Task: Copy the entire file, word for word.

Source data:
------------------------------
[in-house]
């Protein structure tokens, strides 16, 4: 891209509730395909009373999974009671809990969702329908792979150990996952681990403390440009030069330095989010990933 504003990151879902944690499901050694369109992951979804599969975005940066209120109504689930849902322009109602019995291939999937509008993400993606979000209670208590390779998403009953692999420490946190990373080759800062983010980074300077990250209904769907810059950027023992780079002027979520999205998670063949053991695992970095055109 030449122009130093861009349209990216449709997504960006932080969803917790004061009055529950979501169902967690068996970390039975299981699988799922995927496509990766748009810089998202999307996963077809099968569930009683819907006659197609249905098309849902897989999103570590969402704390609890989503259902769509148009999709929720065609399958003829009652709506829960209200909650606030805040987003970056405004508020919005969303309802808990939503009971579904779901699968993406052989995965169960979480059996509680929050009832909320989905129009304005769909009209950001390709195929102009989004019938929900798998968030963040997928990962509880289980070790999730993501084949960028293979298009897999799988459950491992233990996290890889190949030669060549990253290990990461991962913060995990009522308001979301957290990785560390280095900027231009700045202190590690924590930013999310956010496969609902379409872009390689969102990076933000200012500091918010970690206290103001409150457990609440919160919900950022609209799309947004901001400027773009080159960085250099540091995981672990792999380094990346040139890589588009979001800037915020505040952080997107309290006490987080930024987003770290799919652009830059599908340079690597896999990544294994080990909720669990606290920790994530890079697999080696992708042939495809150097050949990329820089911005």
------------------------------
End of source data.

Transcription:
[in-house]
């Protein structure tokens, strides 16, 4: 891209509730395909009373999974009671809990969702329908792979150990996952681990403390440009030069330095989010990933 504003990151879902944690499901050694369109992951979804599969975005940066209120109504689930849902322009109602019995291939999937509008993400993606979000209670208590390779998403009953692999420490946190990373080759800062983010980074300077990250209904769907810059950027023992780079002027979520999205998670063949053991695992970095055109 030449122009130093861009349209990216449709997504960006932080969803917790004061009055529950979501169902967690068996970390039975299981699988799922995927496509990766748009810089998202999307996963077809099968569930009683819907006659197609249905098309849902897989999103570590969402704390609890989503259902769509148009999709929720065609399958003829009652709506829960209200909650606030805040987003970056405004508020919005969303309802808990939503009971579904779901699968993406052989995965169960979480059996509680929050009832909320989905129009304005769909009209950001390709195929102009989004019938929900798998968030963040997928990962509880289980070790999730993501084949960028293979298009897999799988459950491992233990996290890889190949030669060549990253290990990461991962913060995990009522308001979301957290990785560390280095900027231009700045202190590690924590930013999310956010496969609902379409872009390689969102990076933000200012500091918010970690206290103001409150457990609440919160919900950022609209799309947004901001400027773009080159960085250099540091995981672990792999380094990346040139890589588009979001800037915020505040952080997107309290006490987080930024987003770290799919652009830059599908340079690597896999990544294994080990909720669990606290920790994530890079697999080696992708042939495809150097050949990329820089911005």